Supporting Brain Function After Treatment
According to the National Cancer Institute (NCI), “For decades, cancer survivors have described experiencing problems with memory, attention and processing information months or even years after treatment.” Because many survivors receive chemotherapy as their treatment, this phenomenon was dubbed “chemobrain.” Julia Rowland, PhD, director of the NCI’s Office of Cancer Survivorship explains that doctors “are finally taking it very seriously.” She says that doctors “have to understand what the consequences of therapy are and that very few if any of our treatments are entirely benign.”
In addition, research from 2004 demonstrates that it is not just chemotherapy that can cause issues. Patricia Ganz, MD, and colleagues found that breast cancer survivors who received adjuvant chemotherapy and the antiestrogen drug tamoxifen performed significantly worse on neurocognitive tests than the women who only had surgery. A fascinating 2007 study involving identical twins, one who received chemotherapy and the other who had not, demonstrated that the twin who had chemotherapy had significantly more self-reported cognitive issues. A 2012 update featured in the Journal of Clinical Oncology featuring breast cancer survivors found that between 17 and 75 percent of the women who received chemotherapy were experiencing problems with attention, concentration, planning, and working memory anywhere from six months to 20 years after treatment.
It’s clear that supporting brain function in this population is important. In the scientific literature, there are two natural ingredients that have been shown to effectively support cognition: Citicoline (CDP choline) and Lion’s mane (Hericium erinaceus).*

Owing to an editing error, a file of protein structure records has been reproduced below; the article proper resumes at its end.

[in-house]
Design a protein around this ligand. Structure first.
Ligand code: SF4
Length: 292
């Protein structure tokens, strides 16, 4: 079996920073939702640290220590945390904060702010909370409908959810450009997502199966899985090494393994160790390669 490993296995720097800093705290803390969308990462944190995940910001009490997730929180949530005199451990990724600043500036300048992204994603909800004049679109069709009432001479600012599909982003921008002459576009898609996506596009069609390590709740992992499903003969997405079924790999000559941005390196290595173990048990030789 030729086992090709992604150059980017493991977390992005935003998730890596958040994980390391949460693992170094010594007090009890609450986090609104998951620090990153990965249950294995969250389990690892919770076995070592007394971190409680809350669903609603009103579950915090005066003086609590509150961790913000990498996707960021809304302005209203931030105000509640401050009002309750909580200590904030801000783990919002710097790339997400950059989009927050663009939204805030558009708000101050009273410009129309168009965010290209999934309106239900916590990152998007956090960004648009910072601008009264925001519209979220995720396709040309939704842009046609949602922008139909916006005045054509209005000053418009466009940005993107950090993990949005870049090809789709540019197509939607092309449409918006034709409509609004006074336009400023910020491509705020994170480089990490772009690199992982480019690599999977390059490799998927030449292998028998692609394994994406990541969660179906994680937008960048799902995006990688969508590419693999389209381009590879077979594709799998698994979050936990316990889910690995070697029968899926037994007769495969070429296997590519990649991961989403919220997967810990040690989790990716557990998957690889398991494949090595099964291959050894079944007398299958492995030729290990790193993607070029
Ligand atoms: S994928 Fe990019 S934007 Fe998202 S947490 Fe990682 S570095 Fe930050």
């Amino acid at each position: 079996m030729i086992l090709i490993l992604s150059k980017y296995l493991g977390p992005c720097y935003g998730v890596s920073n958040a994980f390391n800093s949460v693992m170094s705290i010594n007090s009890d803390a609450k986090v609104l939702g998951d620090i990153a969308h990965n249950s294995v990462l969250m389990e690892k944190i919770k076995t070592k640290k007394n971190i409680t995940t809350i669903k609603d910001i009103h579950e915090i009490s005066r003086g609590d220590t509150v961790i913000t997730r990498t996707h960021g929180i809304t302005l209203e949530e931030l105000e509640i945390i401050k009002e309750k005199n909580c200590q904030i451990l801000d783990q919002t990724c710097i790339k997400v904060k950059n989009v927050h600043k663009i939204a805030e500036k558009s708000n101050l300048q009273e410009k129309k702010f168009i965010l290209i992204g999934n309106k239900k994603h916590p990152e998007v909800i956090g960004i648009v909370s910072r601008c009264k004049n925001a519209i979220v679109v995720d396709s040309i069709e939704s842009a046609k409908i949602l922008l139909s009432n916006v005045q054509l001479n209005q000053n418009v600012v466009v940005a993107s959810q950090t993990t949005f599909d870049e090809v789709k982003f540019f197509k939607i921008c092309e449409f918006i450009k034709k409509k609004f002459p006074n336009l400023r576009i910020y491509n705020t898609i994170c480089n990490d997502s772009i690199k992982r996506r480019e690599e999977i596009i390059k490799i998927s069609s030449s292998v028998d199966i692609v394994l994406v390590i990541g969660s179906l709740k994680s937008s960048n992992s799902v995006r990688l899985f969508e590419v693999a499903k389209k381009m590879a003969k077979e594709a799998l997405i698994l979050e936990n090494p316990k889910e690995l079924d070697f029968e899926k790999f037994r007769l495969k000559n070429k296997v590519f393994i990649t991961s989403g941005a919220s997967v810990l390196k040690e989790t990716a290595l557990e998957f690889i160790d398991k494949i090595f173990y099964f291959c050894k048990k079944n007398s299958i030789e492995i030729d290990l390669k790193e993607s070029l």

Citicoline is an important brain-health nutrient that has been studied to support mental energy, focus and attention. Citicoline increases phosphatidylcholine levels in the brain. A 2012 study of citicoline found a significant improvement in attention and focus in healthy middle-aged women. A 2008 study also found via MRI imaging that 500 mg daily increased brain activity in middle-aged adults.*
Lion’s mane mushroom extract has a long history of use to support many aspects of health including brain function. A recent 2017 in vivo study showed that supplementation with Lion’s mane for two months increased exploration behavior and recognition memory in the hippocampus. In vitro studies have shown that Lion’s mane induces nerve growth factor synthesis in brain cells.
While these two natural ingredients have not been studied directly on post-treatment, their ability to support brain health is fairly well established. Both nutrients are generally considered safe and may help support brain function for post-treatment.
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